Plant Molecular Biology

, Volume 53, Issue 1–2, pp 213–225

Biochemical evidence linking a putative callose synthase gene with (1→3)-β-d-glucan biosynthesis in barley

  • Jing Li
  • Rachel A. Burton
  • Andrew J. Harvey
  • Maria Hrmova
  • Ahmad Z. Wardak
  • Bruce A. Stone
  • Geoffrey B. Fincher
Article

DOI: 10.1023/B:PLAN.0000009289.50285.52

Cite this article as:
Li, J., Burton, R.A., Harvey, A.J. et al. Plant Mol Biol (2003) 53: 213. doi:10.1023/B:PLAN.0000009289.50285.52

Abstract

A putative barley (1→3)-β-d-glucan synthase cDNA of 6.1 kb, which is homologous to the yeast FKS gene, was assembled from DNA fragments obtained through screening of barley cDNA and BAC libraries, and by PCR amplification. The corresponding gene, designated HvGSL1, is a member of a family of at least six genes in barley. Gene transcripts are detected at relatively high levels in early developing grain, florets, coleoptiles and roots, but not in leaves infected with a fungal pathogen. A (1→3)-β-d-glucan synthase has been purified more than 60-fold from barley suspension-cultured cells by detergent extraction, CaCl2 treatment, sucrose density gradient centrifugation and non-denaturing gel electrophoresis. The enzyme synthesizes (1→3)-β-d-glucan in vitro and is recognized by antibodies raised against a 17 kDa protein generated by heterologous expression of a fragment of the HvGSL1 cDNA. Furthermore, mass spectrometric analyses show that tryptic peptides produced by in-gel digestion of the active enzyme match peptides predicted from the gene sequence. Thus, the amino acid sequence predicted from the HvGSL1 gene has been linked with the actual amino acid sequence of an active (1→3)-β-d-glucan synthase fraction from barley.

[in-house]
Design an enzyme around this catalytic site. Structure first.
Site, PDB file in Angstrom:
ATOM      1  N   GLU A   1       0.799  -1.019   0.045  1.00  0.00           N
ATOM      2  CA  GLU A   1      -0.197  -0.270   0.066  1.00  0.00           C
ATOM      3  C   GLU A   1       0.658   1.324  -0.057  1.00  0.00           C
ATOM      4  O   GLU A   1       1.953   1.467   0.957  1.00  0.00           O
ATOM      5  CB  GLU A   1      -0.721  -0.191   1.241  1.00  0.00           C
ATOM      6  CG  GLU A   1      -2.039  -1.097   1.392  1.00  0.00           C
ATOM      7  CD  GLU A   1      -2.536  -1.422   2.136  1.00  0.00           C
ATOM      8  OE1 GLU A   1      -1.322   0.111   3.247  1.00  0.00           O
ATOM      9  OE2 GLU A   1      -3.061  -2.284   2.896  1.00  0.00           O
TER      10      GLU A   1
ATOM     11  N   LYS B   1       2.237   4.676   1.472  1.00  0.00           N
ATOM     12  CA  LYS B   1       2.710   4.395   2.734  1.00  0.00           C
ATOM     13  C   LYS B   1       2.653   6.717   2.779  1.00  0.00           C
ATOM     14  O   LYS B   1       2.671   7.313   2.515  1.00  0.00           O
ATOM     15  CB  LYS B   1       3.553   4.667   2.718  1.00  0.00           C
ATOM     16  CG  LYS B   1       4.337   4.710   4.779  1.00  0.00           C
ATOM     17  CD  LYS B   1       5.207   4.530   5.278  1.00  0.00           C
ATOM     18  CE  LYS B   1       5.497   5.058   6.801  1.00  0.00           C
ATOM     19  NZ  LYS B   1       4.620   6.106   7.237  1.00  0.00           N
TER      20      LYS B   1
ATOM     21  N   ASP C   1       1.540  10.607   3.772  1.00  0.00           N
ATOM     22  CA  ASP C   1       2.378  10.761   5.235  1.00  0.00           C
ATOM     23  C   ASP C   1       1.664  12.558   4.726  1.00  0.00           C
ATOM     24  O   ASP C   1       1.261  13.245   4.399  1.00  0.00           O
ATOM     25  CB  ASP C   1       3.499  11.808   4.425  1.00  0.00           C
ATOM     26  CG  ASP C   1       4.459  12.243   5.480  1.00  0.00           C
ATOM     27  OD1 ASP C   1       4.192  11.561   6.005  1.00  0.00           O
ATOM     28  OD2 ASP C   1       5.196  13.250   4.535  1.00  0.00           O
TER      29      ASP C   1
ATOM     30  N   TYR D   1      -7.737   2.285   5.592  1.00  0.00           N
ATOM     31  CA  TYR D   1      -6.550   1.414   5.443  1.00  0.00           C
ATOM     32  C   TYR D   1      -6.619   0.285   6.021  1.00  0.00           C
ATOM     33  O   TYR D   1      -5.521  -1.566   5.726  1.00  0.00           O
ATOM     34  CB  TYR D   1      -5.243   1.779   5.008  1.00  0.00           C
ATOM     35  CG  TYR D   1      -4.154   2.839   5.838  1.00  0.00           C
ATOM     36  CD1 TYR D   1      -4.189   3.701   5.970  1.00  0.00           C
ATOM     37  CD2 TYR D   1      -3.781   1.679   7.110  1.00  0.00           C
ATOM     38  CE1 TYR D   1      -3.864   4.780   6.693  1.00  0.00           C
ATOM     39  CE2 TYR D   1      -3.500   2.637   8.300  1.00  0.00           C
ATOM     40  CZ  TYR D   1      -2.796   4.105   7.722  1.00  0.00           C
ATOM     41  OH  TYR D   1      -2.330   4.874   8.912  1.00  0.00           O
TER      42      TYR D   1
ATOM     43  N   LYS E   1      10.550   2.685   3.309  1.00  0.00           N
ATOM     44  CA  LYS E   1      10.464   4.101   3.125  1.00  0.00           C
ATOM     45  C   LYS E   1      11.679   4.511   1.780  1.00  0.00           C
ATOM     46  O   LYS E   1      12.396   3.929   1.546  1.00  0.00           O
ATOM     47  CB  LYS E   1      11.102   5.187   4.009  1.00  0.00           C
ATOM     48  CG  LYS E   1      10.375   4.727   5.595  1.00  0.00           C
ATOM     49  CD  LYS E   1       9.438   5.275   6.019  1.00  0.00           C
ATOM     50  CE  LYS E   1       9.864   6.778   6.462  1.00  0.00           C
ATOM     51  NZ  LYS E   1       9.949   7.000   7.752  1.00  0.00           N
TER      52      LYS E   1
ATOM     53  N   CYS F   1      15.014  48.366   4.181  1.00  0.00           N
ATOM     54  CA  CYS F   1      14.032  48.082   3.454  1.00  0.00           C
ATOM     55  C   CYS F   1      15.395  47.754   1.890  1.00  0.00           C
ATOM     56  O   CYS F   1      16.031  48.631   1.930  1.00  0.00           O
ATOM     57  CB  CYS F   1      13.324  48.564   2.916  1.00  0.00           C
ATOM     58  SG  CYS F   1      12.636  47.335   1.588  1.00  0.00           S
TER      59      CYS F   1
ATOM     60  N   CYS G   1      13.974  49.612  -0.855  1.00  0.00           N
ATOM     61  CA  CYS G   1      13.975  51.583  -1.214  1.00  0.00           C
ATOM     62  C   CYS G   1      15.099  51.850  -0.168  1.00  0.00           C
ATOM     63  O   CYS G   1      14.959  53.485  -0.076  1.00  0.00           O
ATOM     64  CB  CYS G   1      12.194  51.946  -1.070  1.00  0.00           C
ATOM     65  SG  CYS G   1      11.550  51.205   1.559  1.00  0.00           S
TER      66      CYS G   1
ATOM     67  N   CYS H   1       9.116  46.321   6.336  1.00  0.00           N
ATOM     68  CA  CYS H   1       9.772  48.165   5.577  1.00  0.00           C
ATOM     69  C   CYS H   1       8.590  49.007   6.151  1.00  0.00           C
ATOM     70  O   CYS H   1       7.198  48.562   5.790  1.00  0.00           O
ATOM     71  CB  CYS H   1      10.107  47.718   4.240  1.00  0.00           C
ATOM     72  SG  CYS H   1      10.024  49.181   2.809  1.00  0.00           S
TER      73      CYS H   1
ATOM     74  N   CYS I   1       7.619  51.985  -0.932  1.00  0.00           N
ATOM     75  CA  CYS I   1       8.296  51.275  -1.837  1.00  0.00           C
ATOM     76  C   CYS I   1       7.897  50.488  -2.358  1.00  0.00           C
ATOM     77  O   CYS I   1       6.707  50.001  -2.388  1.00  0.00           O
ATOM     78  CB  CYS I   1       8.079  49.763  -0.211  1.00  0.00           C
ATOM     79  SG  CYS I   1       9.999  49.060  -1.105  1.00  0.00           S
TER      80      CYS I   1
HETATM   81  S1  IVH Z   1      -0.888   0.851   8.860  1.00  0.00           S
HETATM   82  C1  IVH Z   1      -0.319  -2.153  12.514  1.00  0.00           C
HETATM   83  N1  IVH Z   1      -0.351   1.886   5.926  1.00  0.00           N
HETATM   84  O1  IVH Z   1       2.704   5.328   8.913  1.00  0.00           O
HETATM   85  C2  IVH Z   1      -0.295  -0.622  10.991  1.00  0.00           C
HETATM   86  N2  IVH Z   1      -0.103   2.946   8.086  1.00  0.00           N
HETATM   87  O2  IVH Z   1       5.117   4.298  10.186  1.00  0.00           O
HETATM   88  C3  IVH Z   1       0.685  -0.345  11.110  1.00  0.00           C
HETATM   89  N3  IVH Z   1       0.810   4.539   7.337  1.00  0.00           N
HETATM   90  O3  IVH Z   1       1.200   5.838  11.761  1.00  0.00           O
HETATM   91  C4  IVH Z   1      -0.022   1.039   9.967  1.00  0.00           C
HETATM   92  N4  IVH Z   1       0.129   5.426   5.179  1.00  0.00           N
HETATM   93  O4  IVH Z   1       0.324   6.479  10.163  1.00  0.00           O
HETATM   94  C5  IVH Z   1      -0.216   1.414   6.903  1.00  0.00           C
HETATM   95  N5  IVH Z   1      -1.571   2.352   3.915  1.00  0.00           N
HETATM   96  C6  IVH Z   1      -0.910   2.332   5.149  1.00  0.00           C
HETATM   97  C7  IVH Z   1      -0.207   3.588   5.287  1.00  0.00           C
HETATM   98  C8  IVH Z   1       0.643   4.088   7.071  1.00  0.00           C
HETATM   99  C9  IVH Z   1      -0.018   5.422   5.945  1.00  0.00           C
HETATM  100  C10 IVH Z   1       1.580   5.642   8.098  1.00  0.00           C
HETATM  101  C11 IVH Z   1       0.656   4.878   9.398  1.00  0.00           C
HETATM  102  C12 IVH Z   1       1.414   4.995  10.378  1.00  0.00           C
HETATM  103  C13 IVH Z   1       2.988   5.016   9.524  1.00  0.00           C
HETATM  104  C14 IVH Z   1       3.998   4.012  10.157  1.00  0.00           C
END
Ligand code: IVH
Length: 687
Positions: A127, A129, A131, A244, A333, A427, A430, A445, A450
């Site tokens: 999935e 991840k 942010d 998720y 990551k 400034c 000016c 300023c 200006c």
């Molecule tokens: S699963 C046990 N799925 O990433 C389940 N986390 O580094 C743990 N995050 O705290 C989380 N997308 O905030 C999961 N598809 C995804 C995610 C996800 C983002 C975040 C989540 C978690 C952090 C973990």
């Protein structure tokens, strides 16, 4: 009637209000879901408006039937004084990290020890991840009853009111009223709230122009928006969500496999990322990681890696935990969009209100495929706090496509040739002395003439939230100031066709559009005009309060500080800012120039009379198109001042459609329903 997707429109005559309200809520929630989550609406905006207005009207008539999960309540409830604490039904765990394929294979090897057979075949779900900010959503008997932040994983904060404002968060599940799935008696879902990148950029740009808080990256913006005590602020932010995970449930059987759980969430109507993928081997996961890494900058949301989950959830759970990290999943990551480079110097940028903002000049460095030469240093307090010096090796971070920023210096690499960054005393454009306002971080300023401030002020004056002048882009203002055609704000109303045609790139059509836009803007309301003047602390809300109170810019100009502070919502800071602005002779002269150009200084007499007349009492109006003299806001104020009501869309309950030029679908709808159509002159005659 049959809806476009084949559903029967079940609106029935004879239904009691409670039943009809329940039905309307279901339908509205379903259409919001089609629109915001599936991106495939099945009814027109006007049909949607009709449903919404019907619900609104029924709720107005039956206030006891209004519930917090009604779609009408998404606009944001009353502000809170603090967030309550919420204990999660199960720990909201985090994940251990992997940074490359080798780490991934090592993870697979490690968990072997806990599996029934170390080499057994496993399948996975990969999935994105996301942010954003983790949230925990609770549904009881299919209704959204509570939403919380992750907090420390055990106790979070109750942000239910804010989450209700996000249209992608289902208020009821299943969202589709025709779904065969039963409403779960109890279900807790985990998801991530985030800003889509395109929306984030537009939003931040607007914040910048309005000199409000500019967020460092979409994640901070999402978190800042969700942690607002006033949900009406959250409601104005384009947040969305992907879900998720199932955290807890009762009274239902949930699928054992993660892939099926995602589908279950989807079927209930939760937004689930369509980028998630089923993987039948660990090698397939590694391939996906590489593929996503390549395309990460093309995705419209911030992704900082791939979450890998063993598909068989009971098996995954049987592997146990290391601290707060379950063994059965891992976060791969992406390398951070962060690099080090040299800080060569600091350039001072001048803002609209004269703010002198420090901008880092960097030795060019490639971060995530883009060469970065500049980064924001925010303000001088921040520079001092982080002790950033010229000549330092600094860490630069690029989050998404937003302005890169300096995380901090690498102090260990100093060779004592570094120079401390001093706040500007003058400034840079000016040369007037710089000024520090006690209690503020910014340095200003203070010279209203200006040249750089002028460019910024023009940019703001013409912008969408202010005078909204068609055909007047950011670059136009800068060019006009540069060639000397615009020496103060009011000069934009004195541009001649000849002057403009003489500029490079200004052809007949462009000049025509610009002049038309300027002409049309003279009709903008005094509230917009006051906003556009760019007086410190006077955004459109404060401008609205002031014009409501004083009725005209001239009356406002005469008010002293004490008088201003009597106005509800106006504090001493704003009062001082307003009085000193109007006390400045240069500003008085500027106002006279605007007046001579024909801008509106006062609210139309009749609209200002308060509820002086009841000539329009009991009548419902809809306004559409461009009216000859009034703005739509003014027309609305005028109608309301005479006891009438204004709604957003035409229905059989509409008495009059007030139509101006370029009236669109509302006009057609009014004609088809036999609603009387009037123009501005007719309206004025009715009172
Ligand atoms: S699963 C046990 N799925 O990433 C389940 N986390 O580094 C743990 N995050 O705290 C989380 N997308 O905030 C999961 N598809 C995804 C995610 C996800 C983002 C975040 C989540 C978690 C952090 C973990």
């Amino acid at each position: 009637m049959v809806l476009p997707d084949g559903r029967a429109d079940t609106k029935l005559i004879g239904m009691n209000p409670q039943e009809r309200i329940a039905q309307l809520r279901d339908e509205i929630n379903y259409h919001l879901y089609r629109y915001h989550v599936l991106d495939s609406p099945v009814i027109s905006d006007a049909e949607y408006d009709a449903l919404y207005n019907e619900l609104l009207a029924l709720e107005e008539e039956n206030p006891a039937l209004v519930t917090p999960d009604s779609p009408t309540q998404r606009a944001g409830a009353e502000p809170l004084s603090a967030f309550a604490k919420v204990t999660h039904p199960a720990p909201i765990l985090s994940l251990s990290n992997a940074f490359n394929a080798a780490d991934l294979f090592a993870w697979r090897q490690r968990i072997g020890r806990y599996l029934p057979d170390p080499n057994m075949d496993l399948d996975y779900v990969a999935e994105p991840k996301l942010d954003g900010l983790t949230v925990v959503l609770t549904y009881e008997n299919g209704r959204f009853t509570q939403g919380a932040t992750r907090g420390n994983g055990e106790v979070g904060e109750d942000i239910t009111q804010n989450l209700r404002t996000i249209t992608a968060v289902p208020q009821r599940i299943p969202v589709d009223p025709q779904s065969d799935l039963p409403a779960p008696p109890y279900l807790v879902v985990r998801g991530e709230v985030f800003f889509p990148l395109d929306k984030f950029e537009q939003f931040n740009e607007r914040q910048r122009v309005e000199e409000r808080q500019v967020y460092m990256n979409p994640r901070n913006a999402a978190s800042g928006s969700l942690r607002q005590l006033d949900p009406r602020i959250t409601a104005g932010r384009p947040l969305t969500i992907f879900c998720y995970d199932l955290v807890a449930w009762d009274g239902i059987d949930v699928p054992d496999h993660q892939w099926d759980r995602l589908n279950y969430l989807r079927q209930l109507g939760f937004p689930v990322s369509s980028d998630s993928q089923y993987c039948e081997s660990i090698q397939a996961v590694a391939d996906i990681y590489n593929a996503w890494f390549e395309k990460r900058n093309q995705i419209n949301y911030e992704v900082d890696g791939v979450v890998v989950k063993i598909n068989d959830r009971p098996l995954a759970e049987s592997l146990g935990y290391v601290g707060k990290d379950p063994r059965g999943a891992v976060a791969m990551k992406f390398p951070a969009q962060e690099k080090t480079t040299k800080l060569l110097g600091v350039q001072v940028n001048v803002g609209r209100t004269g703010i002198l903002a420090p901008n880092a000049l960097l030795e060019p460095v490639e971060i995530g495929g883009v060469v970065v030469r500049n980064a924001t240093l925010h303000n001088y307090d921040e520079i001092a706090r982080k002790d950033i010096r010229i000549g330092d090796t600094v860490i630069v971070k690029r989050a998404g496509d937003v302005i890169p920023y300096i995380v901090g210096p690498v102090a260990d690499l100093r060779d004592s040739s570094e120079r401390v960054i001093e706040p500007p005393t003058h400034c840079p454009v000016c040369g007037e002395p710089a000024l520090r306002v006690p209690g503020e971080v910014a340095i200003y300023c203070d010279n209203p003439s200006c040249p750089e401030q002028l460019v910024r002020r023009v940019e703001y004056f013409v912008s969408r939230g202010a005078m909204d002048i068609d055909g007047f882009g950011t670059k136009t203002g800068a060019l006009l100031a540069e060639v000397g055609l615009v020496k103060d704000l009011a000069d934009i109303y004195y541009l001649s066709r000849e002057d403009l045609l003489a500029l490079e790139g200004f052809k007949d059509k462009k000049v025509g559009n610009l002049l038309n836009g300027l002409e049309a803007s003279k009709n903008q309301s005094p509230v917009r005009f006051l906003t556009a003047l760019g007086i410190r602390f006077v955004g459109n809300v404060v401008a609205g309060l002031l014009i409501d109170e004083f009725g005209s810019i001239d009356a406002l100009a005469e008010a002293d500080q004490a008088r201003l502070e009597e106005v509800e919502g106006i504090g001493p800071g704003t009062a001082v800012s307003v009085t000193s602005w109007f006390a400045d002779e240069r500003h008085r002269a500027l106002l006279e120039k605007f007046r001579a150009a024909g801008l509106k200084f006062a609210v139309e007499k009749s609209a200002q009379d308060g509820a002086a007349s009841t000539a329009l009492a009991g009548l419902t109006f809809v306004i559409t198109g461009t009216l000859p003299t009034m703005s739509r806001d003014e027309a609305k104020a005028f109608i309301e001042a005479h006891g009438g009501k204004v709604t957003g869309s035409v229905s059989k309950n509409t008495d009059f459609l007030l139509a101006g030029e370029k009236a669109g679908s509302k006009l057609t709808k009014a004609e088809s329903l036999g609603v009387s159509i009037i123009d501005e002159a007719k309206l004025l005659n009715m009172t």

active site gene expression genetic mapping GSL Hordeum vulgare purification 

Copyright information

© Kluwer Academic Publishers 2003

Authors and Affiliations

  • Jing Li
    • 1
  • Rachel A. Burton
    • 1
  • Andrew J. Harvey
    • 1
  • Maria Hrmova
    • 1
  • Ahmad Z. Wardak
    • 2
  • Bruce A. Stone
    • 2
  • Geoffrey B. Fincher
    • 1
  1. 1.Australian Centre for Plant Functional GenomicsUniversity of Adelaide, Waite CampusGlen OsmondAustralia
  2. 2.Department of BiochemistryLa Trobe UniversityBundooraAustralia

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